Tax and VAT

Real Time Information: are you ready for the changes to payroll?

The start of the new tax year will bring with it significant changes to the way PAYE is administered. The big question for employers is - have you been paying ...

The start of the new tax year will bring with it significant changes to the way PAYE is administered. The big question for employers is - have you been paying attention? Susan Ball, director of the Employers Advisory Group at national tax, audit and advisory firm Crowe Clark Whitehill runs through the changes coming under Real Time Information (RTI) PAYE reporting system.   HMRC wrote to all employers in early 2013 to let them know their RTI migration date. For most this is likely to be the next payment run after 06 April 2013.  What is RTI? RTI is more than just a change of payroll software. HR, finance and operations managers need to understand what is required as part of their new reporting obligations to ensure that the end-to-end payroll process will meet the rigorous demands of HMRC. Employers should also be aware that payroll information will impact on employees’ benefits paid under the new Universal Credit benefit system. Whilst HMRC offers free basic software to assist with reporting, this is only suitable for organisations with less than nine employees. What does RTI mean in practice? In the simplest terms, it means you must:
  • have an RTI-compliant payroll process in place by April 2013.
  • have accurate data – employers need to check the data they hold on their employees is correct. RTI requires each employee’s full legal name, address, date of birth, gender, NINO, hours worked and passport number (for new employees).
  • make submissions to HMRC ‘on or before’ each payment is made to the employee, pensioner or officeholder, be that weekly, monthly etc.
  • include employee information - even for temporary and casual workers and employees paid below the tax and National Insurance Lower Earnings Limits.
  • assess your systems and processes to ensure that all reportable items are readily accessible for timely reporting. Normal salary should be fine - but what about non-standard payments, such as termination payments or overtime?
Instead of sending the P14 and P35 forms at the end of year, employers will send HMRC:
  • a Full Payment Submission (FPS) each time they pay their employees.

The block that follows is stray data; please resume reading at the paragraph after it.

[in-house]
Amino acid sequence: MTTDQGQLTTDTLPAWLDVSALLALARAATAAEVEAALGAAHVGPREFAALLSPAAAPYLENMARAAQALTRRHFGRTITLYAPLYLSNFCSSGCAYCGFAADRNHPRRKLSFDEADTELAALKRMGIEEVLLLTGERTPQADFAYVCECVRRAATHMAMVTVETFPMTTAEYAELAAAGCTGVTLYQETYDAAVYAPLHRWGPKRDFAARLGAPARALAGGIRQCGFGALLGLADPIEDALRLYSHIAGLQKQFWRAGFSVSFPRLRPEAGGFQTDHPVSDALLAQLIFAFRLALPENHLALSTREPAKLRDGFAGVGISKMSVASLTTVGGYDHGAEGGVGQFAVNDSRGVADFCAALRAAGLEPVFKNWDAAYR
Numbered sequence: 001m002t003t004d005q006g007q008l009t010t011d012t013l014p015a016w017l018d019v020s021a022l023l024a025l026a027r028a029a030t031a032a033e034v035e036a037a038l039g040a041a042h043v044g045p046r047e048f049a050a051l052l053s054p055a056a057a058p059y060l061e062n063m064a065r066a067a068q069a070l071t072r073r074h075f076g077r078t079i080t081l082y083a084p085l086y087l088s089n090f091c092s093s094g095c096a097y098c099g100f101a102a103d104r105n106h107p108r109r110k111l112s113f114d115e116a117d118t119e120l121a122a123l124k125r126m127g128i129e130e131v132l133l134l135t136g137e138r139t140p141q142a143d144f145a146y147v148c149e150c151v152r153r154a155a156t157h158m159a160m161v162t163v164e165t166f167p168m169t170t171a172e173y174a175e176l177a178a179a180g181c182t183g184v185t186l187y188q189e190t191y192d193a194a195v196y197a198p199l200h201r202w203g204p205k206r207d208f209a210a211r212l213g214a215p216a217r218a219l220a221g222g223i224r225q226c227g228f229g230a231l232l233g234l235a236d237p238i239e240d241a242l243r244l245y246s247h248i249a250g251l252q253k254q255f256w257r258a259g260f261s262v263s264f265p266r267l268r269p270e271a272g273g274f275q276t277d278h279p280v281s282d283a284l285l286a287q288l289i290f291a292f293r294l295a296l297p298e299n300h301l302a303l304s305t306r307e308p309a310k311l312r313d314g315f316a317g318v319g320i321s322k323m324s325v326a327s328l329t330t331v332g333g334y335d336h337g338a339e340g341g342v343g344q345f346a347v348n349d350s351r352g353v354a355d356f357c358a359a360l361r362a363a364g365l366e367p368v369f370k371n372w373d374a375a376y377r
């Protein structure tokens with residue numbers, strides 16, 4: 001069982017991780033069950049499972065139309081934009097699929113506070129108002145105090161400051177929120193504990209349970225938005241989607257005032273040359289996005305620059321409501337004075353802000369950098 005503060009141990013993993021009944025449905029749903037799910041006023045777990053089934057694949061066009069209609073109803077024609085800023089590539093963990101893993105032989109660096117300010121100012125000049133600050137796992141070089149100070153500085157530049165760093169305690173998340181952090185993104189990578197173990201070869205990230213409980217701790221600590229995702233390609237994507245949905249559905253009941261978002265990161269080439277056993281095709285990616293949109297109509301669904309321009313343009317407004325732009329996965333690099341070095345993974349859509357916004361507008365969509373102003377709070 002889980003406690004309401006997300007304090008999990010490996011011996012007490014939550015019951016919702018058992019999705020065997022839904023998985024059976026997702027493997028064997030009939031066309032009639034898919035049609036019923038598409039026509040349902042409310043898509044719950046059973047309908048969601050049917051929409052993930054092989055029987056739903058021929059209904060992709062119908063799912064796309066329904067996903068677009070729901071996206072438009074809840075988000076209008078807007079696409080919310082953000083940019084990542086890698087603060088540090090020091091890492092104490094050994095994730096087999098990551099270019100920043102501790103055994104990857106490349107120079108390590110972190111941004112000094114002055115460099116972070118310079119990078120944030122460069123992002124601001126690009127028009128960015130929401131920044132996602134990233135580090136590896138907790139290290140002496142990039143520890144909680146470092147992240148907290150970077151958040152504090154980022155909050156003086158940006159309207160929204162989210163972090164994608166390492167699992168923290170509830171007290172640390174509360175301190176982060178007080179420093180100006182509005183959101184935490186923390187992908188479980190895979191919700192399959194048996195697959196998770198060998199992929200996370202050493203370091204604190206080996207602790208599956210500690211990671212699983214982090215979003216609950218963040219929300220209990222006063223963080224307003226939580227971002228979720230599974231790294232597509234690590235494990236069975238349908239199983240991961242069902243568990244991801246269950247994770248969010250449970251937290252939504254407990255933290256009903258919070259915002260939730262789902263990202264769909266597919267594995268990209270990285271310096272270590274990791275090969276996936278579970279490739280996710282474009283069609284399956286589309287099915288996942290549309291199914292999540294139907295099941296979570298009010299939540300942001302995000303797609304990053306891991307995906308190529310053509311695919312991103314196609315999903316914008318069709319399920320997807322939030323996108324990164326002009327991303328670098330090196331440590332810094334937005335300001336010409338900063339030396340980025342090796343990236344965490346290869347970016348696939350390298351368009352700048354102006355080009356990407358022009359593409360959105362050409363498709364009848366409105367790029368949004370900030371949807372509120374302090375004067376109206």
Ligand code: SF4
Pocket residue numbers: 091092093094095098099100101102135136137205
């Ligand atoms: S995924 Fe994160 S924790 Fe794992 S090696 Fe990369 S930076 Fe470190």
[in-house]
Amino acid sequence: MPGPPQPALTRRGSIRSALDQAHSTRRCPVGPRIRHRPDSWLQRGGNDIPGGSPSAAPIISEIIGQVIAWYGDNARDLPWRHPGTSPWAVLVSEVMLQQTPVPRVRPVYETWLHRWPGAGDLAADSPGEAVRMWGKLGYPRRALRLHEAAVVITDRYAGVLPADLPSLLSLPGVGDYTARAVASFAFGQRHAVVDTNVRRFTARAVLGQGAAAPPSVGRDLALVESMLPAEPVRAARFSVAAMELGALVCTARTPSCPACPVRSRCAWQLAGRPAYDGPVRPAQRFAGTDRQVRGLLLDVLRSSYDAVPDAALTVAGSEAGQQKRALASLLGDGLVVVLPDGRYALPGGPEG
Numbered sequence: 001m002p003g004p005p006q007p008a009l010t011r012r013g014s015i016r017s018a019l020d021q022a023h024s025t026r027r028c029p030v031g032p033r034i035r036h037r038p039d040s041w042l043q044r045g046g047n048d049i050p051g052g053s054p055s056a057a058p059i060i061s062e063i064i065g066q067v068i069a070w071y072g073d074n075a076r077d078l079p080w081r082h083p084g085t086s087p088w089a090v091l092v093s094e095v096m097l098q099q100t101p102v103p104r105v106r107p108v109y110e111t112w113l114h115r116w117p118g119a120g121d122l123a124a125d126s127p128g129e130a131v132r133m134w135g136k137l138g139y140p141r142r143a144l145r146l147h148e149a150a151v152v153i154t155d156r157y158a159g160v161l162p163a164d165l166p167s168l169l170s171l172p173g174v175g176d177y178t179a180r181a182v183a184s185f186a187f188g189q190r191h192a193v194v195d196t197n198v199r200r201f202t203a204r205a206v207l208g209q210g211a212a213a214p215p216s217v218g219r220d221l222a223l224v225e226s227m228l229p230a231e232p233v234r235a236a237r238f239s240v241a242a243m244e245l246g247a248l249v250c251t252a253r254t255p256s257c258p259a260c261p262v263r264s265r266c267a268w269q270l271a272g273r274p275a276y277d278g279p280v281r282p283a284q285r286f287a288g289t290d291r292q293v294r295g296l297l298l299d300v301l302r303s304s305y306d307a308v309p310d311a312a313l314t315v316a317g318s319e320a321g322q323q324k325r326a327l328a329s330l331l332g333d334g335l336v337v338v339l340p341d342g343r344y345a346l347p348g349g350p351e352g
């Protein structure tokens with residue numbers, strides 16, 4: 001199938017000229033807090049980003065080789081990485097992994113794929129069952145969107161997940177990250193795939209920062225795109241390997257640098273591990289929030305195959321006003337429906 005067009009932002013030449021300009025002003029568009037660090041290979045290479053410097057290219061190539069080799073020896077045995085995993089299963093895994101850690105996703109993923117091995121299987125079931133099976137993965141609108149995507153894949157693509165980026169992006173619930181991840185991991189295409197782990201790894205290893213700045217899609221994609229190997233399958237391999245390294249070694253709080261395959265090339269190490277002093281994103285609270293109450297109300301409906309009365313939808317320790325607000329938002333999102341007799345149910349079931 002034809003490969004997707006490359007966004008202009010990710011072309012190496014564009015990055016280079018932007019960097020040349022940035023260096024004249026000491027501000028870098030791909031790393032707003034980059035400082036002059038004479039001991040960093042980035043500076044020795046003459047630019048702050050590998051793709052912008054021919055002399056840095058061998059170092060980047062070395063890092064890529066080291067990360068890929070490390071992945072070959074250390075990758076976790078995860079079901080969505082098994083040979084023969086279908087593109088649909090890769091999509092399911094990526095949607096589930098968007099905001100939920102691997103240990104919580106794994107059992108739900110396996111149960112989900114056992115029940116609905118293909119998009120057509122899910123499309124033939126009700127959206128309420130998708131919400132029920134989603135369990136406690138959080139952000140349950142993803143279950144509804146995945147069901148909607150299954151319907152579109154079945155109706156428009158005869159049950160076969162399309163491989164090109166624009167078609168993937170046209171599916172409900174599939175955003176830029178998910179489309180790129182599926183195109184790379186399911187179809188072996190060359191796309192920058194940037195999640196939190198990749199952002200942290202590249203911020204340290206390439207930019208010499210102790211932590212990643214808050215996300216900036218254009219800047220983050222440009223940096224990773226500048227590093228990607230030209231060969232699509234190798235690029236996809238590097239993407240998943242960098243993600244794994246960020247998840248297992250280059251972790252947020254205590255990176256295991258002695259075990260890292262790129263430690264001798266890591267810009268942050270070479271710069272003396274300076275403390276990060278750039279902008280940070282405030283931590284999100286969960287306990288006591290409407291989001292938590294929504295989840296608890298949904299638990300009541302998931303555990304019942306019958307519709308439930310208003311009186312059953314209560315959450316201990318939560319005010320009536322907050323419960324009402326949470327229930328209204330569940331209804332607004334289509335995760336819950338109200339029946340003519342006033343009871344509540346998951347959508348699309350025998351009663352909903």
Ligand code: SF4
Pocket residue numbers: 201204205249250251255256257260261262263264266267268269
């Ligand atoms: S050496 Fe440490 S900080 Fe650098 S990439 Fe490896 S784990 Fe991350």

• an Employer Payment Summary (EPS) for adjustments to the amount they owe HMRC or for nil returns.
  • an Earlier Year Update (EYU) to correct errors or make adjustments to earlier years.
Are there penalties for getting it wrong? Yes there are. If you have ever had dealings with HMRC then you will know that saying “nobody told me”, is not a reasonable excuse for inaccurate or late returns. However HMRC has advised that it will take a lenient approach to levying penalties in the first year of RTI reporting, 2013/14. Despite this, it’s important that your organisation submits data and payments to HMRC on time, as failure to do so could result in penalties. In future, HMRC will easily be able to tell you how much PAYE you should pay each month, and chase and penalise you if you don’t make a payment on time. HMRC may also apply penalties for inaccurate RTI submissions. They take a risk-based approach to penalties based on the behaviours that led to the errors, the amount of potential lost revenue and the timing and extent of any disclosure to HMRC. Penalties can be up to 100% of the potential mistake or liability, but in most cases is likely to be 30% or less. The final Full Payment Submission (equivalent to the old P35) will attract a penalty if late or incorrect. Top tips when you first get started Here are some tips to help you avoid problems when you start to report:
  • Check your Government Gateway credentials are valid.
  • Check your submission to ensure that you have not included invalid characters and you have used the correct Accounts Office Reference number.
  • Remember to set the Irregular Payment Pattern (IPP) for employees who you don’t pay regularly – otherwise we will cease record after three months/pay periods.
  • Don’t forget to send the Employer Payment Summary by the 19th of the month if you have any adjustments– otherwise HMRC will expect the amount paid to be the same as recorded on the FPS.
  • Complete the indicator if you are changing your employee’s payroll ID/works number on an FPS. Otherwise this could result in duplicate employment, incorrect tax codes for individuals and an incorrect charge for the employer.
  • Do not send NINO Verification Requests until you have been aligned/ sent in your first FPS.
Relaxation of RTI reporting arrangements for organisations with fewer than 50 employees HMRC announced on 19 March a relaxation to the RTI reporting requirements for small employers, recognising that some small employers who pay their employees weekly, or more frequently, only process their payroll monthly, may need longer to adapt to the RTI regime, which starts on 06 April 2013. Until 05 October 2013, employers with fewer than 50 employees may send information to HMRC by the date of their regular payroll run but no later than the end of each tax month. HMRC have advised employers to report their PAYE information by the last payday of the month so that they start to get into the habit of reporting PAYE information ‘on or before’ by October.  The deadline for submitting an Employer Payment Summary and for making PAYE payments to HMRC remains the 19th (or 22nd if electronically) of the month.   Susan Ball is director of the Employers Advisory Group at Crowe Clark Whitehill       « Back to all blog posts